PBL 2016 Season in Review: Las Vegas Narwhals

Like the PBL’s other expansion teams, the Las Vegas Narwhals had a rough time of it in 2016.  Following the Narwhals through their maiden voyage felt like spending too long a night on the Strip: the bright lights and showmanship lost their charm, and fans were left feeling disoriented and hung over with nothing to show for it.  But hope springs eternal in Sin City, and there were enough positives to suggest the possibility of a brighter future.

“My team did pretty terrible, but I’m not too surprised,” said Vegas owner/GM Tricia Butler.  “I was hoping they’d do better, but there is always next year.”

The Narwhals definitely made an impression visually with their eye-catching purple-and-gold uniforms and their pleasure dome of a stadium, MGM Jackpot Field, with its built-in casino and neon foul poles and laser light shows.  Unfortunately, the team on the field was a lot less memorable.

Their offense was lackluster all around.  They were second-to-last in batting average (.251) and runs scored (626), and dead last in OPS (.712).  Despite playing half their games in a launching pad built for homers, they hit only 148 longballs, 10th in the league.

The biggest problem area was second base, where journeyman Emile Vandever and rookie Brad Green combined to put up some of the worst numbers in the league.  Collectively, they hit under .200 with little to no power and a 3-to-1 strikeout-to-walk ratio.  “I should have just sent them up without bats,” said manager Benjamin Banks Mahoney of his second-base tandem.  “Couldn’t have been much worse.”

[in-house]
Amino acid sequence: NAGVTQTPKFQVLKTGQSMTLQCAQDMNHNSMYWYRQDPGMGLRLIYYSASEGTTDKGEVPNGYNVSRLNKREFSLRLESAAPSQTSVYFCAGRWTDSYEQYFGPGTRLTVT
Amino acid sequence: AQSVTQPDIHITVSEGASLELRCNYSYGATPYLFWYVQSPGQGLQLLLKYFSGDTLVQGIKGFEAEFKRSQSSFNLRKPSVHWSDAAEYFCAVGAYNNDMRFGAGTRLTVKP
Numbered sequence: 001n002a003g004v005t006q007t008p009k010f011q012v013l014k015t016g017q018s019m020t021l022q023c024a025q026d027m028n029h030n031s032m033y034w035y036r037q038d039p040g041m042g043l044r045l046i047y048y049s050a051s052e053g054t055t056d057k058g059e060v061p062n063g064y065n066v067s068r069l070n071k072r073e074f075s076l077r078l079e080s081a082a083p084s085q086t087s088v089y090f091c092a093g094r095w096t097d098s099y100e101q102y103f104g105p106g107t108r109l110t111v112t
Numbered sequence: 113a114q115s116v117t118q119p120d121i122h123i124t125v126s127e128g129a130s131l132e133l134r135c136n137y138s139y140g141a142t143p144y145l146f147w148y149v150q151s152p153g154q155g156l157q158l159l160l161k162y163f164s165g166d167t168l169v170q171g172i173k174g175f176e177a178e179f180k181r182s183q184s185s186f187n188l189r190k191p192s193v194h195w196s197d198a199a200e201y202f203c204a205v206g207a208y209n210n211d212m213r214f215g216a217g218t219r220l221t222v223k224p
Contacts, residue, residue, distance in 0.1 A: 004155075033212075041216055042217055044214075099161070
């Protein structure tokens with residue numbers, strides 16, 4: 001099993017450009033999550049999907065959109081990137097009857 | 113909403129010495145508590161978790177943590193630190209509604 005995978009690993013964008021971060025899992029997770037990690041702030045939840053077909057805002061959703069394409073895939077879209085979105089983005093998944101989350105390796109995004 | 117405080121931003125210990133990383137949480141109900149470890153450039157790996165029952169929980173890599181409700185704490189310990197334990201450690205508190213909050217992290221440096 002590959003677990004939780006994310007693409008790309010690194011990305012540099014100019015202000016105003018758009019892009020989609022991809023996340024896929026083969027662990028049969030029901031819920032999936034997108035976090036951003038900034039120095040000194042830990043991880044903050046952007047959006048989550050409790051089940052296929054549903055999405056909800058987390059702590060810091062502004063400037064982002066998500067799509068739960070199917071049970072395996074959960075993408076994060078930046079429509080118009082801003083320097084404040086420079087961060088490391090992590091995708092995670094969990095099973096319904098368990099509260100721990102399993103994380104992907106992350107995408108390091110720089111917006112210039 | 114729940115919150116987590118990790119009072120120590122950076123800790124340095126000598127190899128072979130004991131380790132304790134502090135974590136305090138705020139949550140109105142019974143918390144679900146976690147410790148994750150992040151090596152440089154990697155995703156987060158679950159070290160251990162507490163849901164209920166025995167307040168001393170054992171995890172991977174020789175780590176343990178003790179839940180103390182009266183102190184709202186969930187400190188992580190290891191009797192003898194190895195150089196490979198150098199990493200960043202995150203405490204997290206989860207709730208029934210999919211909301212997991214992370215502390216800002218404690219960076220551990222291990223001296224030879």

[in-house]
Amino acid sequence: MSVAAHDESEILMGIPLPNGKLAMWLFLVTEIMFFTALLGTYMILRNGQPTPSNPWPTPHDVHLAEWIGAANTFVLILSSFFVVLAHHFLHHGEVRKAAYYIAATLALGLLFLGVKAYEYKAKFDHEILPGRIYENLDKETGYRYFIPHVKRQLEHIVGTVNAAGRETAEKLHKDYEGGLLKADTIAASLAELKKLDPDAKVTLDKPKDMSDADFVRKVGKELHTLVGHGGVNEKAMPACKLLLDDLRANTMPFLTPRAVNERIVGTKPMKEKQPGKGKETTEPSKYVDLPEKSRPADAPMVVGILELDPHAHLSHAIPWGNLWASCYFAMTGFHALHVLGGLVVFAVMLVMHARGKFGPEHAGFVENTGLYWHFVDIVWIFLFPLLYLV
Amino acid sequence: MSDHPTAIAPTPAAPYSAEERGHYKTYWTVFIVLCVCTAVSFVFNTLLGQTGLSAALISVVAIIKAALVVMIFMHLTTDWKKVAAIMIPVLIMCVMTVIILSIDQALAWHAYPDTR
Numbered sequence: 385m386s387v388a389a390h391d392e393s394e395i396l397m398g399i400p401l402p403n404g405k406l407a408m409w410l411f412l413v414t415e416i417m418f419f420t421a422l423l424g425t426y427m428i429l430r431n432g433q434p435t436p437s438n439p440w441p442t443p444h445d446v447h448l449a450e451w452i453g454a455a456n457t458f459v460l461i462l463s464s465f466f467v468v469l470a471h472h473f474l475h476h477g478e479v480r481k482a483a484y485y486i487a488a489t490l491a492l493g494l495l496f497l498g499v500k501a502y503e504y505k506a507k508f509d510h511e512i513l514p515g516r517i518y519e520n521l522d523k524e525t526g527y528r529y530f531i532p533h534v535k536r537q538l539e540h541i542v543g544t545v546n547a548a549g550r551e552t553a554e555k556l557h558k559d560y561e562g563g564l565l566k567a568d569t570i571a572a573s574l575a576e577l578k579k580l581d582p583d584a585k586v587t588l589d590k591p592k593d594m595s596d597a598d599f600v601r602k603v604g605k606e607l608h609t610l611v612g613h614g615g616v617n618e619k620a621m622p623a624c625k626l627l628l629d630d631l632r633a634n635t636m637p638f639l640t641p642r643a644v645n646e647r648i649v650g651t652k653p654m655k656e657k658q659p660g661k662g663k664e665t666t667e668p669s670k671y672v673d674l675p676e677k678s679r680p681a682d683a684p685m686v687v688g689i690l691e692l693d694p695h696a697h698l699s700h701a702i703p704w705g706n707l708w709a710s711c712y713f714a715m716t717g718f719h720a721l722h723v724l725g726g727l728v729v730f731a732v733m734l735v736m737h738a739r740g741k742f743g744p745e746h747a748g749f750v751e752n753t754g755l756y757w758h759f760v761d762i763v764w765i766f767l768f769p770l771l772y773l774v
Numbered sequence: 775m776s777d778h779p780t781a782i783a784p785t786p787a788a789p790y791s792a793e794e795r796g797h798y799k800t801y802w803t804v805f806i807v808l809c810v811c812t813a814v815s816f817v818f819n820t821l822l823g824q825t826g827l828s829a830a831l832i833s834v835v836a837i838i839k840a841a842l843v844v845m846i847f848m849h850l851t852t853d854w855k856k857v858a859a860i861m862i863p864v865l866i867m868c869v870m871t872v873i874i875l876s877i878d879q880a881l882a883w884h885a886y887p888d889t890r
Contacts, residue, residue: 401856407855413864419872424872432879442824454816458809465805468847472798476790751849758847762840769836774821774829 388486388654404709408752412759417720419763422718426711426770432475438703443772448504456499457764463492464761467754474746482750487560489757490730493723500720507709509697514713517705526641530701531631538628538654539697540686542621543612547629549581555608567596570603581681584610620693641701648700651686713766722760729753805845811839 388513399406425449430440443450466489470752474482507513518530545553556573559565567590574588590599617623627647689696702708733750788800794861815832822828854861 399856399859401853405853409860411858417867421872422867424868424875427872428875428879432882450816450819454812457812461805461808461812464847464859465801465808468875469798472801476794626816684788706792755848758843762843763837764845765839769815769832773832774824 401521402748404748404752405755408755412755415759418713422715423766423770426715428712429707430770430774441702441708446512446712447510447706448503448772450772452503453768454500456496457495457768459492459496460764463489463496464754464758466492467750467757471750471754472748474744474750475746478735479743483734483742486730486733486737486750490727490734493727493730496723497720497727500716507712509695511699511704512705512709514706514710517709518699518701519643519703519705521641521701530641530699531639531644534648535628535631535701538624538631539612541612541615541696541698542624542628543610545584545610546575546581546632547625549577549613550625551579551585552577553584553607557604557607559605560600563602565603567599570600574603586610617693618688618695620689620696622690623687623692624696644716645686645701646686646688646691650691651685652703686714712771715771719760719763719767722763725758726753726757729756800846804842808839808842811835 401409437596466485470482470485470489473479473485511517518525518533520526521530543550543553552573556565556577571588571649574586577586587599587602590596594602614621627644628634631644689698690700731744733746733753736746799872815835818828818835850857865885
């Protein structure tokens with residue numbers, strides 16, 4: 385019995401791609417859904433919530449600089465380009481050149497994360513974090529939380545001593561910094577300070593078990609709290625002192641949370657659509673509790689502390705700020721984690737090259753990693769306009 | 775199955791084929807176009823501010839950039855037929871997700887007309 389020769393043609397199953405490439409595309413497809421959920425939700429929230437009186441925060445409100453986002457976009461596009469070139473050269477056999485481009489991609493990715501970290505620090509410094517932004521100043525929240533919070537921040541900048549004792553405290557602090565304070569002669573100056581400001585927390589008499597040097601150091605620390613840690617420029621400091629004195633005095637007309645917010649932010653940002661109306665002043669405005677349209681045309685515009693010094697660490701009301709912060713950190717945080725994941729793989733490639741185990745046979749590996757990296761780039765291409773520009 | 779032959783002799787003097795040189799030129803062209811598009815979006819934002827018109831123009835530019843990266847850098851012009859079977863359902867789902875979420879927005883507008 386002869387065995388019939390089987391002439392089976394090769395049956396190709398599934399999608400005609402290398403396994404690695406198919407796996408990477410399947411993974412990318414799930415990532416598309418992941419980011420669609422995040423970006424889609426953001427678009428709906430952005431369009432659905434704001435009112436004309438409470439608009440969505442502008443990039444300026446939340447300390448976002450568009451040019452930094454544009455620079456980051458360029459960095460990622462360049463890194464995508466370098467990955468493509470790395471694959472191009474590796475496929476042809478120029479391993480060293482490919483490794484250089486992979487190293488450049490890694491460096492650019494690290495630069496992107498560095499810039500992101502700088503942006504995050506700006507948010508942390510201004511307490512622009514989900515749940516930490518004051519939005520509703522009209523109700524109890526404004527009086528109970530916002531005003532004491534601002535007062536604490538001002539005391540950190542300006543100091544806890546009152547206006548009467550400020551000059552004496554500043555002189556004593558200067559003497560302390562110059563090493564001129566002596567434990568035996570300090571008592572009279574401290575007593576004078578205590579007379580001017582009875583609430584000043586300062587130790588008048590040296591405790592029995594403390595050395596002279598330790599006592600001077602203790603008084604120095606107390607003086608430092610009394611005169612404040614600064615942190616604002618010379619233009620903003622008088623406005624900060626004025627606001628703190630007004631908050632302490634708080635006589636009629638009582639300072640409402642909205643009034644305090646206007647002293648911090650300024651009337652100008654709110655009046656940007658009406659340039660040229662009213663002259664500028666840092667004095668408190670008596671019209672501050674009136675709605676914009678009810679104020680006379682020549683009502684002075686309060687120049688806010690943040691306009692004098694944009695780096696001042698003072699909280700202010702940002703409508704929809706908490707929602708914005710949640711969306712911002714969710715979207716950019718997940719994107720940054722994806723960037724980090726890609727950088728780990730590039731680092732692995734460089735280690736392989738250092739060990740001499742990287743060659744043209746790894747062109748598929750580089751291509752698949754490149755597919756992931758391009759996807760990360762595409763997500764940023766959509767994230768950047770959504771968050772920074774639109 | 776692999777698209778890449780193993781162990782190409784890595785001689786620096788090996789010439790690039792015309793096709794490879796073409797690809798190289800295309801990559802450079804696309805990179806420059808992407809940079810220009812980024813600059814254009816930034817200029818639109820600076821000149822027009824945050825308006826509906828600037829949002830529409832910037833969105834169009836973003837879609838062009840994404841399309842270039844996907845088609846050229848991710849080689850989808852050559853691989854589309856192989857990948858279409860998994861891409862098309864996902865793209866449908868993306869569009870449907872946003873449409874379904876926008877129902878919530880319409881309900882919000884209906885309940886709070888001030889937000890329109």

On the bright side, 3B Jamar Whitworth had an unexpectedly strong season, hitting .304 with decent pop.  Their other third sacker, Ikaru Suzuki, recovered from a poor start to his .262 with and .812 OPS.  DH Andrew Zocken’s all-or-nothing swings produced 182 strikeouts, but also 36 homers and 103 RBI.  And a pair of veterans, LF Arthur Mealey and 1B Brooks Defoor, provided steady production.

On the hill, the overall picture was similarly grim.  Their 5.56 ERA and .861 OPS were second-worst in the league.  The rotations was a shambles, with righties Juan Carlos Lopez, Chuck Weaver, and Jesse Zepp combining for 75 starts, a 15-37 record, and an ERA north of 6.  The bullpen was even worse, with closer Chris Allen’s 5.63 ERA the best among regular relievers.

Optimism is harder to find on the pitching staff, but there were some bright (or less-dark) spots.  Righty Jose Oro (12-13) and lefty Nick Armstrong (8-17, 4.59 ERA) weathered their rookie seasons with grace, and show promise as a future 1-2 punch atop the rotation.  And while Allen’s numbers were inflated by a penchant for gopher balls, he still converted 80% of his save opportunities.

Can the Narwhals get better in 2017?  Absolutely, especially with a few key upgrades.  The pitching staff needs plenty of work; they could use a veteran innings-eating starter or two and several bullpen arms.  The offense is in better shape, but it could sorely benefit from a couple of big bats as well as a fix for the gaping hole at second base.  Butler says that she is “open to trading to get some new players throughout the season!”